Insuch paintings, there is a feeling as that of the intimate peeks inthe state of mind and emotions of an individual. The expressivebrush-strokes seem to convey the raw sense of mental commotion orconfusion. A situation that is commonly experienced by migrants. Theytend to be in a state of confusion as there is some competencebetween their original culture and the host culture.
Migration and emotional manipulation
Whenmigration takes place, there is a lot of emotional manipulation. Theoriginal emotions, which in this case are the roots, are forced tochange and adapt those that are favored by the new environment. Asthe means by which immigrants sense the structure of their broadenvirons, emotion can be comprehended to connect the physical body tothe outside world. For instance, the Mexican immigrants in NorthAmerica commonly link to emotional suffering which includes riskyborder crossings, pre-migration stress, detention and deportation,undocumented status of citizenship, family separation and extremepoverty (Zoranna et al., 2014). The emotional suffering often remainsmasked by the person and detached from both the structural causesthat underwrite to it and from its extensive and devastating impacton the body. This was well illustrated by Mathew Stone in hispaintings on emotional manipulations.
EmotionalManipulation by Matthew Stone
Thisartwork by Stone features colorful and large brush-strokes that arecreated using photography while sustaining the tangible qualities ofthe painting. In art, Emotional Manipulation is a combination ofmodern and traditional techniques with digital paintings. This is inline with some of my paintings where I have used large brush-strokesthat dissect canvas in a similar manner like limbs (Svasek,2012).I create the paintings on a glass surface, then photographed theresults and manipulated the results digitally in Photoshop.
Inthis painting, there is a sense of emotional manipulation. One cannotbe able to identify the origin. It takes one more time to try andidentify some patterns. At the center, the painting is somehow darkercompared to the parts away from the center. In the lives of migrants,this happens when they are detached from their origin. Their emotionsare manipulated by the new environment, thus making the initialculture to fade away. The artistic work of Mathew creates texturesand motions that cannot be attained by just using the paint,eliminating the marks that are unsolicited and dealing with colorsbefore printing subsequent collections on a hand-primed canvas madeof raw linen (Henrikt al., 2008).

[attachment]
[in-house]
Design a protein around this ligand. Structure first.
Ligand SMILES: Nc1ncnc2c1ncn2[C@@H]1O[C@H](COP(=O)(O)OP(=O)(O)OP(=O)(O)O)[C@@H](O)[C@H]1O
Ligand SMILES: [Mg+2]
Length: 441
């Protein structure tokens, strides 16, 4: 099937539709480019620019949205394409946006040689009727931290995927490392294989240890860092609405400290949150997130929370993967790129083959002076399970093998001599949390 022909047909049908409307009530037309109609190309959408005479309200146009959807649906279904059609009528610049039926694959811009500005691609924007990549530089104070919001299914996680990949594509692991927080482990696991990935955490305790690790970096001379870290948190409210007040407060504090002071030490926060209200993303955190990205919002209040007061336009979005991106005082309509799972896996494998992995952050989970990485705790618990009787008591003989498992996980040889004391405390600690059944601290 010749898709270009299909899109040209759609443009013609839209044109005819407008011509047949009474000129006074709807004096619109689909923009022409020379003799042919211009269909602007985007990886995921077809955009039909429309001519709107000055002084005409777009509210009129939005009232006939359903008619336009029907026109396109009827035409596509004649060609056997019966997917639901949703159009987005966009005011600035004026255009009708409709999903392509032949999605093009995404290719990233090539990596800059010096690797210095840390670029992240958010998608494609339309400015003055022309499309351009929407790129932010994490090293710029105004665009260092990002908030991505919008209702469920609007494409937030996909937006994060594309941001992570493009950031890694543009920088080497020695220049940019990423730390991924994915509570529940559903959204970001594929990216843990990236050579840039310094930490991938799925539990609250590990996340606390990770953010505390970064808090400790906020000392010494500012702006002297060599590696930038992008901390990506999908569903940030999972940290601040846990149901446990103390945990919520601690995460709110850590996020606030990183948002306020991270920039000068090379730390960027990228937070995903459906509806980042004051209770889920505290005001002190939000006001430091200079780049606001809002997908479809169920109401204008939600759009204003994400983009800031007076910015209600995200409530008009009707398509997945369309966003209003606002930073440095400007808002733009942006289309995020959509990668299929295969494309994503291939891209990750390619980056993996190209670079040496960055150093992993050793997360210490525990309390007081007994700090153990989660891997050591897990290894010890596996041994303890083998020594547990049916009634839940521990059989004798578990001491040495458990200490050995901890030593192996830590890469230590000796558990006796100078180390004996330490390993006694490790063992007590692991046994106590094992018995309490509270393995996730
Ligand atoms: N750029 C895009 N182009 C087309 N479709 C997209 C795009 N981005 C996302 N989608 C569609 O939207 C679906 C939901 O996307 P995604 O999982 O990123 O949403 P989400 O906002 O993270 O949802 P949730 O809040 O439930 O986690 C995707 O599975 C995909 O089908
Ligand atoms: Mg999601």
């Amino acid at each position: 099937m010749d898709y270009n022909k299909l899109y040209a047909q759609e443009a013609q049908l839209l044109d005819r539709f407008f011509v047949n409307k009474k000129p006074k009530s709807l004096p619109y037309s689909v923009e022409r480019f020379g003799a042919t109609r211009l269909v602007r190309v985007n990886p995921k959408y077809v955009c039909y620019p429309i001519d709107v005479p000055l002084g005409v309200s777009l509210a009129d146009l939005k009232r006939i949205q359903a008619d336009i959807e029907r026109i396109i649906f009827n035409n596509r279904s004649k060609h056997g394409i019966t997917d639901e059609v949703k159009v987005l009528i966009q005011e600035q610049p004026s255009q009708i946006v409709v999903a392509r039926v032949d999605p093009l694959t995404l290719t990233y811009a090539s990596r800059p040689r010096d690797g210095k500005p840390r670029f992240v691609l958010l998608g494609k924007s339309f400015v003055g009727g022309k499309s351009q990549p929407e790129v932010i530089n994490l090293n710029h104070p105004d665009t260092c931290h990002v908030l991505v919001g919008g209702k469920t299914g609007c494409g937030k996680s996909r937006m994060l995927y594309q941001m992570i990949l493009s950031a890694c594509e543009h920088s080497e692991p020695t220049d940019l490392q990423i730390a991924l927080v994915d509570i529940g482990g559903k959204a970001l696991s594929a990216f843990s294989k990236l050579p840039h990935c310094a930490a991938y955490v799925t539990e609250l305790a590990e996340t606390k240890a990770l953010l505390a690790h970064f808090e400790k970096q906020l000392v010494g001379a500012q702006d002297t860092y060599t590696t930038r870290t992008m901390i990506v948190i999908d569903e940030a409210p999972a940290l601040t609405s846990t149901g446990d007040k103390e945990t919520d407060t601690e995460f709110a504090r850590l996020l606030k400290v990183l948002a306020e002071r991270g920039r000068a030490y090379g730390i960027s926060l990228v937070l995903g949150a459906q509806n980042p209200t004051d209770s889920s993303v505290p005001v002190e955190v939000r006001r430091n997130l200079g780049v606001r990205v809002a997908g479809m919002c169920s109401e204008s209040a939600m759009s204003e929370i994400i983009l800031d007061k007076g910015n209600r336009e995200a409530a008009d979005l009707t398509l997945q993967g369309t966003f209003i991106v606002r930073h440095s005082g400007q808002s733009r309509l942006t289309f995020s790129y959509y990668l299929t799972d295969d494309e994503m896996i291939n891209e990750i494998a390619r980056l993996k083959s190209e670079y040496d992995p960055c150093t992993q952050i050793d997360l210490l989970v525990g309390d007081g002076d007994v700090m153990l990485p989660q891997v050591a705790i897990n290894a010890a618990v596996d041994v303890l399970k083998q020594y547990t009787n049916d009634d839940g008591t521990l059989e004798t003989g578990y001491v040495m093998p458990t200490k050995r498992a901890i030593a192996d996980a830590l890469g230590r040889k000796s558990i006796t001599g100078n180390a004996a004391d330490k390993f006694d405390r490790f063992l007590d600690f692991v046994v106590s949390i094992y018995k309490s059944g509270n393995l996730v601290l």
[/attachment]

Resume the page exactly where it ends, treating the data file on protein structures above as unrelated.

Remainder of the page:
Intheir book “Transnational: A New Analytic Framework forUnderstanding Migration”, Nina and the colleagues illustrate thereal life experiences by the level of dissatisfaction among theimmigrants. They argue that despite the well-paid jobs the immigrantsare having, they still live unhappy lives. In such situations, moneyis not the cause of their unhappy life, but the roots and emotions.The fact that they are not in their native countries, the emotions ofthese immigrants are being manipulated by their current situations.In so doing, they tend to forget their roots.
Separationand connection in the migrant experience Themigrants are first of all separated to their roots and then connectedto the new culture and environment. Many scholars working on thisissue have given a lot of emphasis on the significance of focussingon emotional dimensions of migration. This has been lacking in therecent discourses of much migration discourses (Henrik t al., 2008).Most of the time, it is very hard for one to be separated from his orher roots. They do this in search of something better either peaceor green pasture. Nevertheless, the roots still play a big role intheir lives. Despite the perceived assurance of becoming more secureeconomically at a time when one migrates from one place to another,the procedure of migration has significant impacts on the familiesand individuals. This impact can be expressed in art asShugrina et al., (2006) explains. The scholars demonstrate theempathic paintings, which mirror the emotional state of the viewer.This clearly explains the perceived state of the migrants. Thescholars use painterly stylization that allows interactive usersessions that the user can specify the emotional ambience, which theywant, conveyed using certain artistic rendering such as anger,despair or delight. This nature of separation and connection can befurther explained by my art work which is more or a photoshop.